The statistics are sobering: over 200,000 men in the United States are diagnosed with prostate cancer every year. With this diagnosis, men are expected to psychologically combat the worry, practical concerns, and the emotional and physical changes during an immensely trying time. How to help?
In Managing Prostate Cancer: A Guide for Living Better, Dr. Andrew J. Roth, a psychiatrist specializing in psychological support for cancer patients, provides the emotional skills and strategies necessary to help patients deal with the challenges a prostate cancer diagnosis brings to everyday life. These tools, which Dr. Roth terms "Emotional Judo," effectively teach patients to identify what their fears are rooted in, how to distinguish the rational and irrational aspects of their thoughts and behaviors, make healthier choices to promote a more positive approach, and ultimately transform their lives into a more fulfilling and peaceful journey.
|Publisher:||Oxford University Press|
|Product dimensions:||9.20(w) x 6.10(h) x 1.10(d)|
About the Author
Andrew J. Roth, MD, has been the psychiatry liaison to the Genitourinary Medical Oncology Program at Memorial Sloan Kettering Cancer Center for the last 20 years. He has helped men and their families navigate the uncertainties of a prostate cancer diagnosis, helping them thrive with, and not just survive, the diagnosis, treatment decisions, and complications of treatments and illness.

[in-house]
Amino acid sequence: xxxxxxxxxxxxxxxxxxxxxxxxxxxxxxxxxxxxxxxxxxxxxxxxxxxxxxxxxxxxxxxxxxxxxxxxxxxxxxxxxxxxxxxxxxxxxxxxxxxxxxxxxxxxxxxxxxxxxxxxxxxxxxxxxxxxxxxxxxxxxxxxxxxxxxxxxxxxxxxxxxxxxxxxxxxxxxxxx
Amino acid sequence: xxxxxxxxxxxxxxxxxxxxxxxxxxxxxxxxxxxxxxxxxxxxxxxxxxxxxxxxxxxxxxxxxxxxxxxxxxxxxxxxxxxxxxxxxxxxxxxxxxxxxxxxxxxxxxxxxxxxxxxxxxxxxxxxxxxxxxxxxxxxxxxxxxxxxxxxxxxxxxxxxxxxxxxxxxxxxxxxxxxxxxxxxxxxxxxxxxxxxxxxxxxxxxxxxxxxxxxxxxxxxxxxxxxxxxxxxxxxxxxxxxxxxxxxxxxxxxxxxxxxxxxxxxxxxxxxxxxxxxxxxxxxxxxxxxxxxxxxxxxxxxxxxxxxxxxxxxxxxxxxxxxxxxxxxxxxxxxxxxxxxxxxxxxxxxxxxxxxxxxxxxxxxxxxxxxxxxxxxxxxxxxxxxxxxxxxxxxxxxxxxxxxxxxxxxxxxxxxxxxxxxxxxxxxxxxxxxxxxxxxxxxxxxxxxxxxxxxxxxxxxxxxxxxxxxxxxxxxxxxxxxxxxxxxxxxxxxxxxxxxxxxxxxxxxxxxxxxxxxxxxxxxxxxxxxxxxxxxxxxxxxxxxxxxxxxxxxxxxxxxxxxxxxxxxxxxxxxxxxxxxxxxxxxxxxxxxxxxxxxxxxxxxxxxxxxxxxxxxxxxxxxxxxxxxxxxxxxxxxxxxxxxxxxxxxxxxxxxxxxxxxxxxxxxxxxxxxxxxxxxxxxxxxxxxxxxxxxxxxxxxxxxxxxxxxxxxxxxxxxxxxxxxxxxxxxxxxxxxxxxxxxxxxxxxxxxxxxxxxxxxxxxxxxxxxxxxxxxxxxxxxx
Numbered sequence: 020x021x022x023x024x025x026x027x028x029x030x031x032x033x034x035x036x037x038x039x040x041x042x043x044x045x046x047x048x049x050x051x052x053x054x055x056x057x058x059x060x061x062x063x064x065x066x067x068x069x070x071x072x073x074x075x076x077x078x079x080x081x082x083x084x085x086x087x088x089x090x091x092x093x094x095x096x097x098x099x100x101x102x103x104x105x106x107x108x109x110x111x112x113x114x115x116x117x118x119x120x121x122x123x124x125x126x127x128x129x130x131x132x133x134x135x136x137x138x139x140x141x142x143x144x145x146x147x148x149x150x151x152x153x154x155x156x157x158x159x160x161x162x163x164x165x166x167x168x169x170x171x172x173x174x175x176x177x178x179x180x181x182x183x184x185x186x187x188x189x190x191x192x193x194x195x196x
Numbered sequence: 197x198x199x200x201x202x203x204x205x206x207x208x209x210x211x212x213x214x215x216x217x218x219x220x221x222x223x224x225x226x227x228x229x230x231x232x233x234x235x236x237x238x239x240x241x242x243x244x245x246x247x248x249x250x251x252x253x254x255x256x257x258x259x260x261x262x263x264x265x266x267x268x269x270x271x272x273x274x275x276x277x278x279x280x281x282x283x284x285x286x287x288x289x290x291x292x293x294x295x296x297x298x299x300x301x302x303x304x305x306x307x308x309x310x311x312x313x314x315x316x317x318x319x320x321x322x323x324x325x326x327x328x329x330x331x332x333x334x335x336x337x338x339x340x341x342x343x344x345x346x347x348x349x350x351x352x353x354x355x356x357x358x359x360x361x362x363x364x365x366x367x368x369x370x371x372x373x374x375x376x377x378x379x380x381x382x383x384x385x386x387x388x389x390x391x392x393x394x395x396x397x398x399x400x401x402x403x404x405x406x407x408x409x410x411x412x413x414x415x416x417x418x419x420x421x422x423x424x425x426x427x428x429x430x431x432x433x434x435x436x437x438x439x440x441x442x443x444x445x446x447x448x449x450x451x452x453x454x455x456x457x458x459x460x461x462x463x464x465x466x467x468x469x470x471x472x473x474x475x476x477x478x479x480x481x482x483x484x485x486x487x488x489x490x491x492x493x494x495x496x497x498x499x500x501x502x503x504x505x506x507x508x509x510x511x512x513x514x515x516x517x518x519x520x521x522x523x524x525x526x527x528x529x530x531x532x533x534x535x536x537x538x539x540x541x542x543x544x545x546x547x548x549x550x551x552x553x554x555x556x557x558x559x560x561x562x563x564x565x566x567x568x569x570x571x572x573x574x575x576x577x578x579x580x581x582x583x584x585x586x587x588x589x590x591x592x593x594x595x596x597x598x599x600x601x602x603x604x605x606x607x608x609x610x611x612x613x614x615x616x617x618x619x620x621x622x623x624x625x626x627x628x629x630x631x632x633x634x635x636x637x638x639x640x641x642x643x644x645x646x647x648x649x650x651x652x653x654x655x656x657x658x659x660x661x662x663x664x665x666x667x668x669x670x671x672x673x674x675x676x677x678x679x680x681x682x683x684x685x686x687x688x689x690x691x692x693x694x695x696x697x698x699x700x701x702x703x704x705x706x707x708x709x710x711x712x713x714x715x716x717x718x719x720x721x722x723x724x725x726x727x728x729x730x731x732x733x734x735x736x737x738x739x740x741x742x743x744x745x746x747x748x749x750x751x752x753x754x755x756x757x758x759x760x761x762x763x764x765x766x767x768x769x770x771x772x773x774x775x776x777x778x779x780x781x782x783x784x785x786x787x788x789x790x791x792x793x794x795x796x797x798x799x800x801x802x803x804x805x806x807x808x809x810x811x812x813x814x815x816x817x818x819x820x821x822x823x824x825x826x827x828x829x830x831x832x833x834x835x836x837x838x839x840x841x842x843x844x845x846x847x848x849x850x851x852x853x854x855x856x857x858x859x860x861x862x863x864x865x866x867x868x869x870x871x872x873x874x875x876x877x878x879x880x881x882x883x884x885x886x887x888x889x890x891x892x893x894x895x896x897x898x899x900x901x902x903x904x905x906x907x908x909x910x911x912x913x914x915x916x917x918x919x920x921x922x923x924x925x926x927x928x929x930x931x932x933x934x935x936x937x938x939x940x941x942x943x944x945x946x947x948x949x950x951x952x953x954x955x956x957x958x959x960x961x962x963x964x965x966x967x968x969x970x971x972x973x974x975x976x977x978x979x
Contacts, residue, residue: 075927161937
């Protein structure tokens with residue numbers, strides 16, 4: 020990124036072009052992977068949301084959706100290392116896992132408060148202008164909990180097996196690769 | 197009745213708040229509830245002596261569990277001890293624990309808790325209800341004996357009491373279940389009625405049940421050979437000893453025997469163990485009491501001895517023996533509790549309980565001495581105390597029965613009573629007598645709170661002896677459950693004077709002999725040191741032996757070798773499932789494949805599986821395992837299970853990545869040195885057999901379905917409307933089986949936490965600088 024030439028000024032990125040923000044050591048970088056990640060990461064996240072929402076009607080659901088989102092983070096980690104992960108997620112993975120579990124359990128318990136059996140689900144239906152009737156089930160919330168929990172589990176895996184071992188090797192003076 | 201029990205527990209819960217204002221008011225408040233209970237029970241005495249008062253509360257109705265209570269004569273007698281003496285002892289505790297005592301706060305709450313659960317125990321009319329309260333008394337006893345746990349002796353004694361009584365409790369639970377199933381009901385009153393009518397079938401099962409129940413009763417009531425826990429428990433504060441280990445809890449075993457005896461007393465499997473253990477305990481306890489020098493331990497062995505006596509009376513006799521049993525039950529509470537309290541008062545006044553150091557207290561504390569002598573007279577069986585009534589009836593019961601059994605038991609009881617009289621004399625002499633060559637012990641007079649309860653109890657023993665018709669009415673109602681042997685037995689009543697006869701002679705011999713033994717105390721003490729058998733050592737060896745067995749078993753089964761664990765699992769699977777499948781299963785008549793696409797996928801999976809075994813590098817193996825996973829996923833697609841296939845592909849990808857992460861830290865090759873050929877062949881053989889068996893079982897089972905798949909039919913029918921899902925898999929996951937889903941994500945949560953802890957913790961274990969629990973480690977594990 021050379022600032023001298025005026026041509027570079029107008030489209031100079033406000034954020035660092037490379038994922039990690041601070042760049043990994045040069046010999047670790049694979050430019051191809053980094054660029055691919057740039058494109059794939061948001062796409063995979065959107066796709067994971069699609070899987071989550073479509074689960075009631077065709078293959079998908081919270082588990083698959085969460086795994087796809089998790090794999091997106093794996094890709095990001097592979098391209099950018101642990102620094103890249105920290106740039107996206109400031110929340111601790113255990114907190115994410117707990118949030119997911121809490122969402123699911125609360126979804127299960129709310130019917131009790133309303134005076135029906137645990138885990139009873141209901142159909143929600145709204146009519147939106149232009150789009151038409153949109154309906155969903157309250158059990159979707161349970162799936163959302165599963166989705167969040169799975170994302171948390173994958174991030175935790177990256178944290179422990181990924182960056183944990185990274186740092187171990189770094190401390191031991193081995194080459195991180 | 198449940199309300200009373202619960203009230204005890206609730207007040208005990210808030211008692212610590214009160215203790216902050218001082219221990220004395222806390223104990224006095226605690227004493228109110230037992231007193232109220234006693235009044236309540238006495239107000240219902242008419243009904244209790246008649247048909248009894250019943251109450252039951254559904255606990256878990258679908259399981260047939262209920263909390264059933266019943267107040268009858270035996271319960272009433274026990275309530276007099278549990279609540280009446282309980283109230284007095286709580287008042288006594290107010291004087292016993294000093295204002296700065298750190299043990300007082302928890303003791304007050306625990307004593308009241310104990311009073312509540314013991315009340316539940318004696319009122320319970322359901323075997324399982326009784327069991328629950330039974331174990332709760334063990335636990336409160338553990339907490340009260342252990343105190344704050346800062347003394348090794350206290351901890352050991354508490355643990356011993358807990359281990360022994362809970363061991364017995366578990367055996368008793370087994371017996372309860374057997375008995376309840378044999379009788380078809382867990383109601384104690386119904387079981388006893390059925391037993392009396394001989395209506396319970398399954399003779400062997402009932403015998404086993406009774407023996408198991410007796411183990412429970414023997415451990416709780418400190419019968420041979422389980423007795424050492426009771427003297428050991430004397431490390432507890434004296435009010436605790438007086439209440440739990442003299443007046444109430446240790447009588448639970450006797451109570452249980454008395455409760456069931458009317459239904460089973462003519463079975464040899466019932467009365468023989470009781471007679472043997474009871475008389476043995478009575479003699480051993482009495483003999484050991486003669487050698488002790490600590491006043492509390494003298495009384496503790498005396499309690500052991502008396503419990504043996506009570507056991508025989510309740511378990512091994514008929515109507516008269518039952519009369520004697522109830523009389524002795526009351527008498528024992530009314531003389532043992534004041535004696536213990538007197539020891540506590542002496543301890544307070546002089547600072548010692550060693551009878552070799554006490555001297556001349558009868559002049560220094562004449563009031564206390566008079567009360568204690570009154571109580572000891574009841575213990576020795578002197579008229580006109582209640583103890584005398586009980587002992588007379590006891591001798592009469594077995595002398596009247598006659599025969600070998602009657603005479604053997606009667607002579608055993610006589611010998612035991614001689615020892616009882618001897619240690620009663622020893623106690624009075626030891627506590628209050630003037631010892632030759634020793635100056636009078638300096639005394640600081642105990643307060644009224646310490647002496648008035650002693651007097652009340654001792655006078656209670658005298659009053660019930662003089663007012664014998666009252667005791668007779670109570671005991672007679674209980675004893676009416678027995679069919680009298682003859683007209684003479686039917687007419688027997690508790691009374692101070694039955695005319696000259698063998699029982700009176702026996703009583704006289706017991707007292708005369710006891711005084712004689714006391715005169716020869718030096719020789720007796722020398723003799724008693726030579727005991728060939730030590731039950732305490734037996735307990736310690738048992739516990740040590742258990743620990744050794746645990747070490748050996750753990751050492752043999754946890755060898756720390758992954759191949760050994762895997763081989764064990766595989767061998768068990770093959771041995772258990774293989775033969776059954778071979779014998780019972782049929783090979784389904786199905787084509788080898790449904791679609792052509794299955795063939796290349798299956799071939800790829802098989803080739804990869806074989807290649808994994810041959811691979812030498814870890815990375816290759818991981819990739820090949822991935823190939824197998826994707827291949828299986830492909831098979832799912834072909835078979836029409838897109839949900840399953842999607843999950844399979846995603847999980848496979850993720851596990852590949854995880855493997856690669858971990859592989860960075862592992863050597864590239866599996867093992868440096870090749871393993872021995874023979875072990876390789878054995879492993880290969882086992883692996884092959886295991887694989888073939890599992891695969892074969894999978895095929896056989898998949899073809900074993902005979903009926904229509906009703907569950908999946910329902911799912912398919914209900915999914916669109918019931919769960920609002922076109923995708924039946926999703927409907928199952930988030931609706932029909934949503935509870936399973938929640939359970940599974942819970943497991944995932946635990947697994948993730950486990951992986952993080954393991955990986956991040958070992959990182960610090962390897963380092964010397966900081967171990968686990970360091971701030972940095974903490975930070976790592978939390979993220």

Table of Contents
Pregame: Overview and Introduction
Part One: Diagnosis and Early Stage Disease
Why Me? Why Not Me? What Now? And Why Is a Psychiatrist Writing a Book about Prostate Cancer?
How to Make the Right Treatment Choice When There Is No Perfect Choice
Lifting the Weight of Waiting and Preparing for Treatment:
Definitive Treatment vs. Watchful Waiting or Active Surveillance
Prostate Cancer Anxiety, Depression, and Sleep Problems:
Enter the DRAFT and Learn the Emotional Judo (EJ) Playbook
Do I Really Need a Psychiatric Medicine to Cope with Prostate Cancer?
Keeping the Flames of Intimacy Alive
Urinary, Bowel, and Energy Leaks: This Wasn't Supposed to Happen to Me
Not for Patients Only: Spouses or Partners Can Manage Better, Communicate More Effectively, and Help the Whole Family
Part Two: Later Stage Disease and Recurrence of Disease
Coping with Recurrence of Cancer If the "Definitive" Treatment Doesn't Work: Going Hormonal
Grieving for Loss . . . of Trust, of Physical Wholeness, of Invulnerability and Immortality:
How to Re-Invest in Your Future As a Wise Role Model